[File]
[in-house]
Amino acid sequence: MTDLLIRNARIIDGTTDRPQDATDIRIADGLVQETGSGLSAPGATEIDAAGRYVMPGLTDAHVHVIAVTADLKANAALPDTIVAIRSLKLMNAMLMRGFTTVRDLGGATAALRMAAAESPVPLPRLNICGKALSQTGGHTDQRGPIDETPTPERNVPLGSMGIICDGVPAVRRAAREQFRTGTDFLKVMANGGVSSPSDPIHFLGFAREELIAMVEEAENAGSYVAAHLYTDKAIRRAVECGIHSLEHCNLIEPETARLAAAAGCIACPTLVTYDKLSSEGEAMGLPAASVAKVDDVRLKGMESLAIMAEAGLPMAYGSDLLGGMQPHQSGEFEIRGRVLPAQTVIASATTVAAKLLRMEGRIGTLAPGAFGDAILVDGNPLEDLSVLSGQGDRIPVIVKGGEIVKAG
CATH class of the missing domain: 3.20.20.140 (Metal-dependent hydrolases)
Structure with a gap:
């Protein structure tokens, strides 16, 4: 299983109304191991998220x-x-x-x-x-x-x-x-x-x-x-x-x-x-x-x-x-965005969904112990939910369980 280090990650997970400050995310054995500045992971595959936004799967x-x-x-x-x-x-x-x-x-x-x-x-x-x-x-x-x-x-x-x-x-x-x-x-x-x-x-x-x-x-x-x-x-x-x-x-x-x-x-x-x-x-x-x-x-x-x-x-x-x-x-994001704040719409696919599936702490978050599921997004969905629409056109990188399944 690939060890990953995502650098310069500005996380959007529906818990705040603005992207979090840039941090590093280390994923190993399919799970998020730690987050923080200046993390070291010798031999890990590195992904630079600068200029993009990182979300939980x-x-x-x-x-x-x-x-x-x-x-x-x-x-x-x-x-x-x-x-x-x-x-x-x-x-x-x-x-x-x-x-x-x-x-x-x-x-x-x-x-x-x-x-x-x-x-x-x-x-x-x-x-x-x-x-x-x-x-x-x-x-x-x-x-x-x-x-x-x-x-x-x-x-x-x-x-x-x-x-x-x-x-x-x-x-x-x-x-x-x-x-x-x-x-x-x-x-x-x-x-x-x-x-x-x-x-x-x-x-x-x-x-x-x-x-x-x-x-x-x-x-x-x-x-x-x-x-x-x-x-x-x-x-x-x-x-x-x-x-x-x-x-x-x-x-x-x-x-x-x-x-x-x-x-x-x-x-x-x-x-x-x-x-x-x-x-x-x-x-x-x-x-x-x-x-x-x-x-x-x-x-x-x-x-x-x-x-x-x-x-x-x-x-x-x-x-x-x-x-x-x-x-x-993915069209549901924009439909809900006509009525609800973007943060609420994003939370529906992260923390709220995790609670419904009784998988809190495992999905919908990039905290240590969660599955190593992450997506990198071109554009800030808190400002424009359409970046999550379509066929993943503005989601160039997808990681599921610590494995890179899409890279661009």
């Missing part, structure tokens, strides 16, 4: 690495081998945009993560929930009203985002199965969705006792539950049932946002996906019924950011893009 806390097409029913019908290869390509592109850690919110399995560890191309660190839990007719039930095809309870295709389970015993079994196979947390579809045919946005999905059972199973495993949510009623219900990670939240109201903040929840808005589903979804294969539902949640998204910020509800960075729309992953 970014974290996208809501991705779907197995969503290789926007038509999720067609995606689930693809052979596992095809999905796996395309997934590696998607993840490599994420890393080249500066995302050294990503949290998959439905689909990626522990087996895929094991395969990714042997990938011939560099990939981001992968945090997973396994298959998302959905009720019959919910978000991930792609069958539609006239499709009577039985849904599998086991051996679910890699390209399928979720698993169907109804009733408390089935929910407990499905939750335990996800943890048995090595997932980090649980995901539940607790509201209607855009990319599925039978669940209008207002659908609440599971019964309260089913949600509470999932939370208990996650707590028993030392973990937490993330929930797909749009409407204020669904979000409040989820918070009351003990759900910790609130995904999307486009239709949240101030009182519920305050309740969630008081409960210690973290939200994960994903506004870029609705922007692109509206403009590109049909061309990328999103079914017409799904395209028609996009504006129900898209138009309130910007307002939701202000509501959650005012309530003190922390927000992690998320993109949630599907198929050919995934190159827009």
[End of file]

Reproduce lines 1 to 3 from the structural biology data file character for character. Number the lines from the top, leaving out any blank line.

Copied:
[in-house]
Amino acid sequence: MTDLLIRNARIIDGTTDRPQDATDIRIADGLVQETGSGLSAPGATEIDAAGRYVMPGLTDAHVHVIAVTADLKANAALPDTIVAIRSLKLMNAMLMRGFTTVRDLGGATAALRMAAAESPVPLPRLNICGKALSQTGGHTDQRGPIDETPTPERNVPLGSMGIICDGVPAVRRAAREQFRTGTDFLKVMANGGVSSPSDPIHFLGFAREELIAMVEEAENAGSYVAAHLYTDKAIRRAVECGIHSLEHCNLIEPETARLAAAAGCIACPTLVTYDKLSSEGEAMGLPAASVAKVDDVRLKGMESLAIMAEAGLPMAYGSDLLGGMQPHQSGEFEIRGRVLPAQTVIASATTVAAKLLRMEGRIGTLAPGAFGDAILVDGNPLEDLSVLSGQGDRIPVIVKGGEIVKAG
CATH class of the missing domain: 3.20.20.140 (Metal-dependent hydrolases)